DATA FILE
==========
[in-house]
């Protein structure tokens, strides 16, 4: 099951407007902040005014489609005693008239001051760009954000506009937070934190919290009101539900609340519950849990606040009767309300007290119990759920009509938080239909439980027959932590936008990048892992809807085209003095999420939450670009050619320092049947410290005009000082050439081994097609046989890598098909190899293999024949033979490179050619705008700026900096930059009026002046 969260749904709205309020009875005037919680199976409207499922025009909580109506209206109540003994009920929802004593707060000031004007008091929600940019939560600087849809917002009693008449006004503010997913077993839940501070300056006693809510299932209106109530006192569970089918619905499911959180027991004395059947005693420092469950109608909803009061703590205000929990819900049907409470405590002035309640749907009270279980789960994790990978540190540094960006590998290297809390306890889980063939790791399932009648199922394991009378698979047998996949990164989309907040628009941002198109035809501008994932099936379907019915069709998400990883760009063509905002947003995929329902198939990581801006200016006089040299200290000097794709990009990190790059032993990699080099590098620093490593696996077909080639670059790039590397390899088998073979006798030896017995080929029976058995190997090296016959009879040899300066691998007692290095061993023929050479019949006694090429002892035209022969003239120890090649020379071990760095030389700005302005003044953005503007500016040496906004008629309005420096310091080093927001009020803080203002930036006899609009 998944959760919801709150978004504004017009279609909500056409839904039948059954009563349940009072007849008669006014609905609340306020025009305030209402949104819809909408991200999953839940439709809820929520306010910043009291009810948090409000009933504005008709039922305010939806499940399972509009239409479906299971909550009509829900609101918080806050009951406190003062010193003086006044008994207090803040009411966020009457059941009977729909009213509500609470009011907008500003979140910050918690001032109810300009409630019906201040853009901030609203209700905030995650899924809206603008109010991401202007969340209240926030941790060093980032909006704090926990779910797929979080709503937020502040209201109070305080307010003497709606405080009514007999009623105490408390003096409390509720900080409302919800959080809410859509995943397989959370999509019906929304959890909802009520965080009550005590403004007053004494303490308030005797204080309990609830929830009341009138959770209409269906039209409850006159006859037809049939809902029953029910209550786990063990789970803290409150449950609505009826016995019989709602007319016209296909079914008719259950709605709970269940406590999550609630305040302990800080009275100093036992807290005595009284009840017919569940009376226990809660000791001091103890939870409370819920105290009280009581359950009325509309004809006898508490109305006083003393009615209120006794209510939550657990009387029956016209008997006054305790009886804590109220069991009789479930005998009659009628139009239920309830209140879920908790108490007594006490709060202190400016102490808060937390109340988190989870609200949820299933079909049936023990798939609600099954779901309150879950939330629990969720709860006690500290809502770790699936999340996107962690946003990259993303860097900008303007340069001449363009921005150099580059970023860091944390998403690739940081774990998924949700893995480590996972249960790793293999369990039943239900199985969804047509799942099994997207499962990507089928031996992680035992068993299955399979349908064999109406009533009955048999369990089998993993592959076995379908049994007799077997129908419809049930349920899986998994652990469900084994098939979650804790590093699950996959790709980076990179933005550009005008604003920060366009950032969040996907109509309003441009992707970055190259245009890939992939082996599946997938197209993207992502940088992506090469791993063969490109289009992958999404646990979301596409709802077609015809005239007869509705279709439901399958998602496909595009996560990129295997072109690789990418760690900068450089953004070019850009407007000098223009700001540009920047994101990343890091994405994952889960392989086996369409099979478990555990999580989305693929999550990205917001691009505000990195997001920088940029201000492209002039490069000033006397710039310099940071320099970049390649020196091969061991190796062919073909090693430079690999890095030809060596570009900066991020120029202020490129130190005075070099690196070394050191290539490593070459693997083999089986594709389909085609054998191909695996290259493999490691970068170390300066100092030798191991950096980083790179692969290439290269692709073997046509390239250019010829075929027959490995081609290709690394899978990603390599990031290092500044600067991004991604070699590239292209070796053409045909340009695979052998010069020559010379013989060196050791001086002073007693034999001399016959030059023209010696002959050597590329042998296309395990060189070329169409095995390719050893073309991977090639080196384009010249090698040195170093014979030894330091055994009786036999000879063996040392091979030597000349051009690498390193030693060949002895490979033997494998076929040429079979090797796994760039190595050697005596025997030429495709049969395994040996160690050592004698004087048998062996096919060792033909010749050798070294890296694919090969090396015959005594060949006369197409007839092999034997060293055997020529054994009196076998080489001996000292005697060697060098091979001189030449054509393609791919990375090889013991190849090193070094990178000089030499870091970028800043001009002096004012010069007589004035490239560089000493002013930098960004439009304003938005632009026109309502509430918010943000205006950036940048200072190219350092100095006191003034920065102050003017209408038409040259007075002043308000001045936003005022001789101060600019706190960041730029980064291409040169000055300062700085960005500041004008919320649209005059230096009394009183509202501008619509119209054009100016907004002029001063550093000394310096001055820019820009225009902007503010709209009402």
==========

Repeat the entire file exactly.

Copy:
[in-house]
């Protein structure tokens, strides 16, 4: 099951407007902040005014489609005693008239001051760009954000506009937070934190919290009101539900609340519950849990606040009767309300007290119990759920009509938080239909439980027959932590936008990048892992809807085209003095999420939450670009050619320092049947410290005009000082050439081994097609046989890598098909190899293999024949033979490179050619705008700026900096930059009026002046 969260749904709205309020009875005037919680199976409207499922025009909580109506209206109540003994009920929802004593707060000031004007008091929600940019939560600087849809917002009693008449006004503010997913077993839940501070300056006693809510299932209106109530006192569970089918619905499911959180027991004395059947005693420092469950109608909803009061703590205000929990819900049907409470405590002035309640749907009270279980789960994790990978540190540094960006590998290297809390306890889980063939790791399932009648199922394991009378698979047998996949990164989309907040628009941002198109035809501008994932099936379907019915069709998400990883760009063509905002947003995929329902198939990581801006200016006089040299200290000097794709990009990190790059032993990699080099590098620093490593696996077909080639670059790039590397390899088998073979006798030896017995080929029976058995190997090296016959009879040899300066691998007692290095061993023929050479019949006694090429002892035209022969003239120890090649020379071990760095030389700005302005003044953005503007500016040496906004008629309005420096310091080093927001009020803080203002930036006899609009 998944959760919801709150978004504004017009279609909500056409839904039948059954009563349940009072007849008669006014609905609340306020025009305030209402949104819809909408991200999953839940439709809820929520306010910043009291009810948090409000009933504005008709039922305010939806499940399972509009239409479906299971909550009509829900609101918080806050009951406190003062010193003086006044008994207090803040009411966020009457059941009977729909009213509500609470009011907008500003979140910050918690001032109810300009409630019906201040853009901030609203209700905030995650899924809206603008109010991401202007969340209240926030941790060093980032909006704090926990779910797929979080709503937020502040209201109070305080307010003497709606405080009514007999009623105490408390003096409390509720900080409302919800959080809410859509995943397989959370999509019906929304959890909802009520965080009550005590403004007053004494303490308030005797204080309990609830929830009341009138959770209409269906039209409850006159006859037809049939809902029953029910209550786990063990789970803290409150449950609505009826016995019989709602007319016209296909079914008719259950709605709970269940406590999550609630305040302990800080009275100093036992807290005595009284009840017919569940009376226990809660000791001091103890939870409370819920105290009280009581359950009325509309004809006898508490109305006083003393009615209120006794209510939550657990009387029956016209008997006054305790009886804590109220069991009789479930005998009659009628139009239920309830209140879920908790108490007594006490709060202190400016102490808060937390109340988190989870609200949820299933079909049936023990798939609600099954779901309150879950939330629990969720709860006690500290809502770790699936999340996107962690946003990259993303860097900008303007340069001449363009921005150099580059970023860091944390998403690739940081774990998924949700893995480590996972249960790793293999369990039943239900199985969804047509799942099994997207499962990507089928031996992680035992068993299955399979349908064999109406009533009955048999369990089998993993592959076995379908049994007799077997129908419809049930349920899986998994652990469900084994098939979650804790590093699950996959790709980076990179933005550009005008604003920060366009950032969040996907109509309003441009992707970055190259245009890939992939082996599946997938197209993207992502940088992506090469791993063969490109289009992958999404646990979301596409709802077609015809005239007869509705279709439901399958998602496909595009996560990129295997072109690789990418760690900068450089953004070019850009407007000098223009700001540009920047994101990343890091994405994952889960392989086996369409099979478990555990999580989305693929999550990205917001691009505000990195997001920088940029201000492209002039490069000033006397710039310099940071320099970049390649020196091969061991190796062919073909090693430079690999890095030809060596570009900066991020120029202020490129130190005075070099690196070394050191290539490593070459693997083999089986594709389909085609054998191909695996290259493999490691970068170390300066100092030798191991950096980083790179692969290439290269692709073997046509390239250019010829075929027959490995081609290709690394899978990603390599990031290092500044600067991004991604070699590239292209070796053409045909340009695979052998010069020559010379013989060196050791001086002073007693034999001399016959030059023209010696002959050597590329042998296309395990060189070329169409095995390719050893073309991977090639080196384009010249090698040195170093014979030894330091055994009786036999000879063996040392091979030597000349051009690498390193030693060949002895490979033997494998076929040429079979090797796994760039190595050697005596025997030429495709049969395994040996160690050592004698004087048998062996096919060792033909010749050798070294890296694919090969090396015959005594060949006369197409007839092999034997060293055997020529054994009196076998080489001996000292005697060697060098091979001189030449054509393609791919990375090889013991190849090193070094990178000089030499870091970028800043001009002096004012010069007589004035490239560089000493002013930098960004439009304003938005632009026109309502509430918010943000205006950036940048200072190219350092100095006191003034920065102050003017209408038409040259007075002043308000001045936003005022001789101060600019706190960041730029980064291409040169000055300062700085960005500041004008919320649209005059230096009394009183509202501008619509119209054009100016907004002029001063550093000394310096001055820019820009225009902007503010709209009402």